Most quilters are familiar with the traditional log cabin block – it is the most recognized block and its origins are often associated with the American Pioneers. However similar designs have been found on ancient mummies and in English quilts predating 1830.
Strips of fabric were hand pieced around a central square, usually with one half dark strips and one half light.
A red centre symbolized the hearth of the home; yellow, a welcoming light in the window; and a black centre in a quilt hanging on a clothesline is believed to have meant a stop for the Underground Railroad.
How has this block become “Modern”?
see my next post: Modern Log Cabins – the process.
Being part Irish, I am attracted to Celtic knots so it was no surprise that I signed up for a class recently in No Mark Celtic Interlaces with Linda J. Hahn. Check her patterns out at http://www.froghollowdesigns.com.
I learned a wonderful new FAST AND EASY way to machine applique them to a quilt – the last one I did by hand took a year and a half. Do not like doing the handwork…
Linda had put these together in a 4 patch setting but I was short on one of the fabrics I wanted to use as a border, so I decided to make 2 pieces with different borders.
About 2 weeks ago I was at the Vermont Quilt Festival. I usually take classes in things that I like but also in techniques that don’t appeal to me (which most people don’t understand). I like a challenge LOL and sometimes I wind up making beautiful discoveries.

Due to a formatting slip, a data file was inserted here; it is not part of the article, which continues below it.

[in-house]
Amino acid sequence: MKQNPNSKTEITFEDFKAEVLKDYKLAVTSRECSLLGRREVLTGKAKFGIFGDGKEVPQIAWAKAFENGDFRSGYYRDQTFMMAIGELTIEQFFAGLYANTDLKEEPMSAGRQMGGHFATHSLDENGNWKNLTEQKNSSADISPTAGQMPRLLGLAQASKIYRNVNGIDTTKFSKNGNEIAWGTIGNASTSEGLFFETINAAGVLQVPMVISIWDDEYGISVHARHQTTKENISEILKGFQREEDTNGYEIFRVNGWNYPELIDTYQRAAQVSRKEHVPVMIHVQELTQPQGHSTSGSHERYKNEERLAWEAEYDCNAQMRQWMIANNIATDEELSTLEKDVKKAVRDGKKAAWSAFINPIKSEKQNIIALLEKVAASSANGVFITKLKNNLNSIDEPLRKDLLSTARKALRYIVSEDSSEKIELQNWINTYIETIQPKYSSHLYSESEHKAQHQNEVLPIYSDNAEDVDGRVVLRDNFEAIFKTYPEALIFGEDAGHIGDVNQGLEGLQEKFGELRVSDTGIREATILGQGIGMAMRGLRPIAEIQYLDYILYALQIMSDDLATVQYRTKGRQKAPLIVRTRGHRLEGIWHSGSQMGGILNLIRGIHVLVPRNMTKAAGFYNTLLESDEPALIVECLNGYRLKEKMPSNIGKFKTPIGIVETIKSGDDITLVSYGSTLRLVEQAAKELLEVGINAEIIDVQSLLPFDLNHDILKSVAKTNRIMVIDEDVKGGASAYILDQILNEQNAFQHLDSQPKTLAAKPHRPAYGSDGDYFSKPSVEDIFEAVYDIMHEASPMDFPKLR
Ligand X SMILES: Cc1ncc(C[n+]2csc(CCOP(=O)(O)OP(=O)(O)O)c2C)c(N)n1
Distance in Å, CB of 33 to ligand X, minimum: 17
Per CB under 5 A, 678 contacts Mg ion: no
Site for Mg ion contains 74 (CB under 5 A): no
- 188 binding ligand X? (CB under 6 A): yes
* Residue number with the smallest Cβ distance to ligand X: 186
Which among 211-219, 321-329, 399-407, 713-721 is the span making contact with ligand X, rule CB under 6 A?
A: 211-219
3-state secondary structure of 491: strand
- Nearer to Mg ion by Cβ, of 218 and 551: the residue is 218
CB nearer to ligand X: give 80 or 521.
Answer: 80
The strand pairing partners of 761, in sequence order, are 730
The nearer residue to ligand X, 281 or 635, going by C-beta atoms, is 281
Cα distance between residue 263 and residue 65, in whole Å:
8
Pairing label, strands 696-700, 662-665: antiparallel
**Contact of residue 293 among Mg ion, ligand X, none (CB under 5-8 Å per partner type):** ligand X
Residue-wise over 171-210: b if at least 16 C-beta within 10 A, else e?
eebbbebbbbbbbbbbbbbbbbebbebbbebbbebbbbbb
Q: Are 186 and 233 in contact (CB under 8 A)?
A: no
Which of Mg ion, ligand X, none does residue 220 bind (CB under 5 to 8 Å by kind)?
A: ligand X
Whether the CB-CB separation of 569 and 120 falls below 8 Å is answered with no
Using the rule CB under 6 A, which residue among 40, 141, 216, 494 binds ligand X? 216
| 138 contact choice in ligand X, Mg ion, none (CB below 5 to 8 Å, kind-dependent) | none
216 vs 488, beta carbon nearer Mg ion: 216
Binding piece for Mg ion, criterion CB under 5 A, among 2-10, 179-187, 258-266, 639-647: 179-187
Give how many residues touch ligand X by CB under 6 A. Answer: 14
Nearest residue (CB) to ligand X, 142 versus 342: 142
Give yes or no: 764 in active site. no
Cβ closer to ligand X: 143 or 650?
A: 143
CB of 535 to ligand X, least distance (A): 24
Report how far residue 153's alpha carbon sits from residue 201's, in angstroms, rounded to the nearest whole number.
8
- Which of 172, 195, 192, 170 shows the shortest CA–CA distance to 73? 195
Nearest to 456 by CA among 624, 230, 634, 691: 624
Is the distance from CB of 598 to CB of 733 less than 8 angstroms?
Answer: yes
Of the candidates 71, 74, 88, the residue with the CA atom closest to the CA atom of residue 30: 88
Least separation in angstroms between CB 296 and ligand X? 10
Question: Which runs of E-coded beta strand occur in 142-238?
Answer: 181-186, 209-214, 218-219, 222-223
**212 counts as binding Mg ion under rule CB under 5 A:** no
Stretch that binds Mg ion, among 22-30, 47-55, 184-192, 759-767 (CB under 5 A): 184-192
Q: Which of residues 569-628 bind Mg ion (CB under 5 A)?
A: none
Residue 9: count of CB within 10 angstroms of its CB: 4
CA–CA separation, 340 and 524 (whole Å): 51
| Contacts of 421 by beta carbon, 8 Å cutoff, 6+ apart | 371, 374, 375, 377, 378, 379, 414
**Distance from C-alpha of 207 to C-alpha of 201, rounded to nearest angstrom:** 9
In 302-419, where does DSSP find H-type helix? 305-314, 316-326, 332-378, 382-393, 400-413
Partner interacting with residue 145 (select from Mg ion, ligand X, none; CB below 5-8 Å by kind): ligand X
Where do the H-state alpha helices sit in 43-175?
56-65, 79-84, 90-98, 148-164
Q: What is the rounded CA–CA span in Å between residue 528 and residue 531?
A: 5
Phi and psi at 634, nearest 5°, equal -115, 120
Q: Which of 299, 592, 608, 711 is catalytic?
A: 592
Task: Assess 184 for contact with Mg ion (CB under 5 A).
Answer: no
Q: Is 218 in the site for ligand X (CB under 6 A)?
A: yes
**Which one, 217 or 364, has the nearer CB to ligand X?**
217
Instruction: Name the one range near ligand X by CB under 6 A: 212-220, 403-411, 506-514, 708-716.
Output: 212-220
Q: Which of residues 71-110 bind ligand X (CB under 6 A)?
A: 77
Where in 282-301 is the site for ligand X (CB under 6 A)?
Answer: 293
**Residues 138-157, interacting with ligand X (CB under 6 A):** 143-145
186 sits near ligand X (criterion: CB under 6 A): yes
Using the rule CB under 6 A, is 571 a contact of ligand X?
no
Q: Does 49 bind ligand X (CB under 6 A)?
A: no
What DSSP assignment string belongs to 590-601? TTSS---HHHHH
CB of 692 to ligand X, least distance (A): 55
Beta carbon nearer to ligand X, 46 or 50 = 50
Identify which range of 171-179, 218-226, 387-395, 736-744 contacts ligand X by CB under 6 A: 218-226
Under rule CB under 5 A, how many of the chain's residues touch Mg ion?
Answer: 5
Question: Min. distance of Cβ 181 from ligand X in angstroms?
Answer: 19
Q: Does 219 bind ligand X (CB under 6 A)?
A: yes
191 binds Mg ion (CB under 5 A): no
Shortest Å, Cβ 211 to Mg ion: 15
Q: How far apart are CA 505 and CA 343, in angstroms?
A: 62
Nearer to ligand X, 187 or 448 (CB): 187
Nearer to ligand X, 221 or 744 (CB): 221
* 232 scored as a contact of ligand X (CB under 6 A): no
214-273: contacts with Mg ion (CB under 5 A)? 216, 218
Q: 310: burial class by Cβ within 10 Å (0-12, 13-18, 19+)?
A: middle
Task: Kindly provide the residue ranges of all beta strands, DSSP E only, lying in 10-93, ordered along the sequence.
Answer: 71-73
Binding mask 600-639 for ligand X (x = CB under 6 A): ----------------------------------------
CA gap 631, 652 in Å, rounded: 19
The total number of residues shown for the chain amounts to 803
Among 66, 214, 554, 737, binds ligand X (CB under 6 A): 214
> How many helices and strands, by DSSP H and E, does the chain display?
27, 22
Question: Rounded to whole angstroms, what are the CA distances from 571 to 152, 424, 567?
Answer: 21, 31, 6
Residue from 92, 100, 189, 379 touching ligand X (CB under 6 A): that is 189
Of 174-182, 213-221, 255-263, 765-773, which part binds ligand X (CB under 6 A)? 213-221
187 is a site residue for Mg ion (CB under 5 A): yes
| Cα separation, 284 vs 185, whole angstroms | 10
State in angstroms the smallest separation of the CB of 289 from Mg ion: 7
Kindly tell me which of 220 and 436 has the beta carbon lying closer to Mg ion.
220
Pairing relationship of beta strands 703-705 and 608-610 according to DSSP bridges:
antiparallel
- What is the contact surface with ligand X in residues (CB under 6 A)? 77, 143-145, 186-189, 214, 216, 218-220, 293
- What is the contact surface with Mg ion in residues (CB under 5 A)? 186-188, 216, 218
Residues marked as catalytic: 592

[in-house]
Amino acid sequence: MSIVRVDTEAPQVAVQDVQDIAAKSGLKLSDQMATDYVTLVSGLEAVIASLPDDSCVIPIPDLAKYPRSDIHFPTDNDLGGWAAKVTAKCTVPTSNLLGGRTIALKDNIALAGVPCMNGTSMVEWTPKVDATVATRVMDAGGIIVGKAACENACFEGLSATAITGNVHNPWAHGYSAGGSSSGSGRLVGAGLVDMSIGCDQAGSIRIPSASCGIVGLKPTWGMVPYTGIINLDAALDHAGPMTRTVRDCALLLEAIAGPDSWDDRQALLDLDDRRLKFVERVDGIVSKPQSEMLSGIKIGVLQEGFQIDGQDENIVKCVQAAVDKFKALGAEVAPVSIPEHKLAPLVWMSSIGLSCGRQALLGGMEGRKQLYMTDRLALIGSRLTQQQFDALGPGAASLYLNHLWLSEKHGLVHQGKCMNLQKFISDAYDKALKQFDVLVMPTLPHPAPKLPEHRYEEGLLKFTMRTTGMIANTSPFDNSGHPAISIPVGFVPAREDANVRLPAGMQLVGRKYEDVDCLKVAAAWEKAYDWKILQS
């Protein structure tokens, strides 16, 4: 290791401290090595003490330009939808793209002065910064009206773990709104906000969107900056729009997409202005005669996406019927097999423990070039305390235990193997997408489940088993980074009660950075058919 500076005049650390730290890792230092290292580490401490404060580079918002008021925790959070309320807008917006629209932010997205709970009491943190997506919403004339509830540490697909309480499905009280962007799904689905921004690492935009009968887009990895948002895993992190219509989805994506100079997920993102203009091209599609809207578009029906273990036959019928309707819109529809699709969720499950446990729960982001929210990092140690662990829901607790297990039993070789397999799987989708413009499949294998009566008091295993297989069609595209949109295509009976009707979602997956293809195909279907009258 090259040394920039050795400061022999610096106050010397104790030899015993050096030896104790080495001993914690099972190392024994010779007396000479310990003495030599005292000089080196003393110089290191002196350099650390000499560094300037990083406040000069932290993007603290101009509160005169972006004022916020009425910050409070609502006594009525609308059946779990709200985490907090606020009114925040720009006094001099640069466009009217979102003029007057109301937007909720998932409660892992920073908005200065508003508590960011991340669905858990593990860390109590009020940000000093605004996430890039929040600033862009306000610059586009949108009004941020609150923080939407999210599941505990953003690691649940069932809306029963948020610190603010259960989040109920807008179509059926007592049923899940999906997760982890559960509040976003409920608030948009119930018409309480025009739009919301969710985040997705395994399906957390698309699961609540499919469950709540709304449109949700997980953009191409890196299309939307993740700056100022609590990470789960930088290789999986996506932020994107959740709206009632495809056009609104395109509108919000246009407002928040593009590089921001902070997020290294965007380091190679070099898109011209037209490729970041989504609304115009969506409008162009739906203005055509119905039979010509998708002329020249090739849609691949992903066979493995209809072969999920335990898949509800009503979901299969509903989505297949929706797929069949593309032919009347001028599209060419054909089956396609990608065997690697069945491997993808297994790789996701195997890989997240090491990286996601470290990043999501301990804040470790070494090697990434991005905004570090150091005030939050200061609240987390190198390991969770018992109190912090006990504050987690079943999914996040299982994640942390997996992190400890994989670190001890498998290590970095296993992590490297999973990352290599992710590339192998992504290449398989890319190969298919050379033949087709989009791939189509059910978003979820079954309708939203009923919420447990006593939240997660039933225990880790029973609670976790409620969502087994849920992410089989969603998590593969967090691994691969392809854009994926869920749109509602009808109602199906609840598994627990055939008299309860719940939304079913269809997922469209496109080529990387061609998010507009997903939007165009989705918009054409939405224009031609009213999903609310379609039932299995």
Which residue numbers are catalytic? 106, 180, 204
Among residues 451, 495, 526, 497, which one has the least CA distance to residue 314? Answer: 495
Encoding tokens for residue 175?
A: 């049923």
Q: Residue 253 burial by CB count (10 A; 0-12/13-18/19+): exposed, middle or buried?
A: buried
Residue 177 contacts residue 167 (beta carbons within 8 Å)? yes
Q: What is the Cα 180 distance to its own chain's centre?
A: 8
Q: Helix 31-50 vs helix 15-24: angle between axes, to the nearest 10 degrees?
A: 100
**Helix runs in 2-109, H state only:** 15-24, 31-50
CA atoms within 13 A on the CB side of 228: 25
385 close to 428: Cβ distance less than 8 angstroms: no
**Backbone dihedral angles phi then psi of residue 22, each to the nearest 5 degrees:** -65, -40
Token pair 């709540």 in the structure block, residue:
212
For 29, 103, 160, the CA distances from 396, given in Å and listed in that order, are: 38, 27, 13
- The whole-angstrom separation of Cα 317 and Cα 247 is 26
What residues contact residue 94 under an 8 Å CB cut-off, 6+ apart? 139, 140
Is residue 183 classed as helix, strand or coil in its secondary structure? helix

So the class that did not interest me was Landscape Using Woven Fabric with Nancy DiDonato. I like making landscape quilts but the woven fabric backgrounds? Not so sure….
It was a very small class and we learned a lot. Aside from the technique she taught us, which I loved, she also shared some of her art. What I really liked about her was that she used very innovative ideas in the creation of her quilts. Thrift shop finds or bark from the forest – she uses what she feels will work for the concept she has in mind. The “Only 100% Quilting Cotton Fabric Police” would not understand…
I’m following a blog called Christa Quilts – and she’s doing a quilt-along right now – so in an effort to use up some of my fabric, I joined it. (BTW according to my poll, I am a perfectly normal quilter, not a hoarder – so there!)
Here’s what I had to do this morning: take 40 pieces of fabric, cut them in half and match them up in pairs. So for the mathematically challenged, that’s matching up 80 pieces of fabric.
I placed half of them on my ironing board and table and tried to do it randomly: my fingers kept putting pairs together… and my brain kept saying “oh no, that doesn’t go”, forcing my fingers to move them around until they matched.
Then I sewed the strips together, pressed them & cut them into blocks and finally lay them out in neat orderly piles of coloured blocks – much happier camper now!
strips matched up and ready to be sewn
nice orderly piles of coloured blocks
And according to one poll I did recently, 86% of my readers prefer to work in a logical orderly fashion, so I am not alone 🙂
One of the best pieces of advice I ever got about quilting was that you should have a glass of wine before attempting Free Motion Quilting. It helps to relax your shoulders and make the process more enjoyable. (Doesn’t wine do that for everything??)
Today I was working on a project, and realized my shoulders were up around my ears. Uh oh. I instantly realized the problem: I had forgotten the wine. And I was almost finished the Free Motion Quilting…but…